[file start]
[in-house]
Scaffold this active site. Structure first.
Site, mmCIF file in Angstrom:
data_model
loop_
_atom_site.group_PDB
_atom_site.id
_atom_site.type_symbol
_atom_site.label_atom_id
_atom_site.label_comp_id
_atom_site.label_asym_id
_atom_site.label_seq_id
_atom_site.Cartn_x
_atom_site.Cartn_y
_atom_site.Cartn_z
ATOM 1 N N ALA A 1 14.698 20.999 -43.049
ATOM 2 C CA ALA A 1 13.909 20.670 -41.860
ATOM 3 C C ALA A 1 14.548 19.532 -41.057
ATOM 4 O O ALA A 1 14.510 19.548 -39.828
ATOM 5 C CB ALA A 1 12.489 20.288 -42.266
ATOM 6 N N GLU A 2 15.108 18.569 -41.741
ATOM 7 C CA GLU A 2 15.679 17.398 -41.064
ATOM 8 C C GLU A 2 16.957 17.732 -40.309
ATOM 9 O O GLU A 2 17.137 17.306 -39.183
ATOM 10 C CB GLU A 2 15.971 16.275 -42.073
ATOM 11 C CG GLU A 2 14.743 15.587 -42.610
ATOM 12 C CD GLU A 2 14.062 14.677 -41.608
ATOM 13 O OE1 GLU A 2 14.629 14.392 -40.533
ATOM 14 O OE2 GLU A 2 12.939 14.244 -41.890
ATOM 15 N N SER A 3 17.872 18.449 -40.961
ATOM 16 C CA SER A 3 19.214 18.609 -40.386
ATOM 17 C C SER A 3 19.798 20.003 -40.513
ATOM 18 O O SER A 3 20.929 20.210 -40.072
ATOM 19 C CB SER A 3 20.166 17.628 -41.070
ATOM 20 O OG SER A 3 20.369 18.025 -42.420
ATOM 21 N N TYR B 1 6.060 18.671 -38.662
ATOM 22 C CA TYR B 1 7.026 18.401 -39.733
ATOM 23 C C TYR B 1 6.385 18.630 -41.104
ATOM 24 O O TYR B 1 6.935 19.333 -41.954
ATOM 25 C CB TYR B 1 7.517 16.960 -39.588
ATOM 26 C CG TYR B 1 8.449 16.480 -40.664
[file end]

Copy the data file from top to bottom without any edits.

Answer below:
[in-house]
Scaffold this active site. Structure first.
Site, mmCIF file in Angstrom:
data_model
loop_
_atom_site.group_PDB
_atom_site.id
_atom_site.type_symbol
_atom_site.label_atom_id
_atom_site.label_comp_id
_atom_site.label_asym_id
_atom_site.label_seq_id
_atom_site.Cartn_x
_atom_site.Cartn_y
_atom_site.Cartn_z
ATOM 1 N N ALA A 1 14.698 20.999 -43.049
ATOM 2 C CA ALA A 1 13.909 20.670 -41.860
ATOM 3 C C ALA A 1 14.548 19.532 -41.057
ATOM 4 O O ALA A 1 14.510 19.548 -39.828
ATOM 5 C CB ALA A 1 12.489 20.288 -42.266
ATOM 6 N N GLU A 2 15.108 18.569 -41.741
ATOM 7 C CA GLU A 2 15.679 17.398 -41.064
ATOM 8 C C GLU A 2 16.957 17.732 -40.309
ATOM 9 O O GLU A 2 17.137 17.306 -39.183
ATOM 10 C CB GLU A 2 15.971 16.275 -42.073
ATOM 11 C CG GLU A 2 14.743 15.587 -42.610
ATOM 12 C CD GLU A 2 14.062 14.677 -41.608
ATOM 13 O OE1 GLU A 2 14.629 14.392 -40.533
ATOM 14 O OE2 GLU A 2 12.939 14.244 -41.890
ATOM 15 N N SER A 3 17.872 18.449 -40.961
ATOM 16 C CA SER A 3 19.214 18.609 -40.386
ATOM 17 C C SER A 3 19.798 20.003 -40.513
ATOM 18 O O SER A 3 20.929 20.210 -40.072
ATOM 19 C CB SER A 3 20.166 17.628 -41.070
ATOM 20 O OG SER A 3 20.369 18.025 -42.420
ATOM 21 N N TYR B 1 6.060 18.671 -38.662
ATOM 22 C CA TYR B 1 7.026 18.401 -39.733
ATOM 23 C C TYR B 1 6.385 18.630 -41.104
ATOM 24 O O TYR B 1 6.935 19.333 -41.954
ATOM 25 C CB TYR B 1 7.517 16.960 -39.588
ATOM 26 C CG TYR B 1 8.449 16.480 -40.664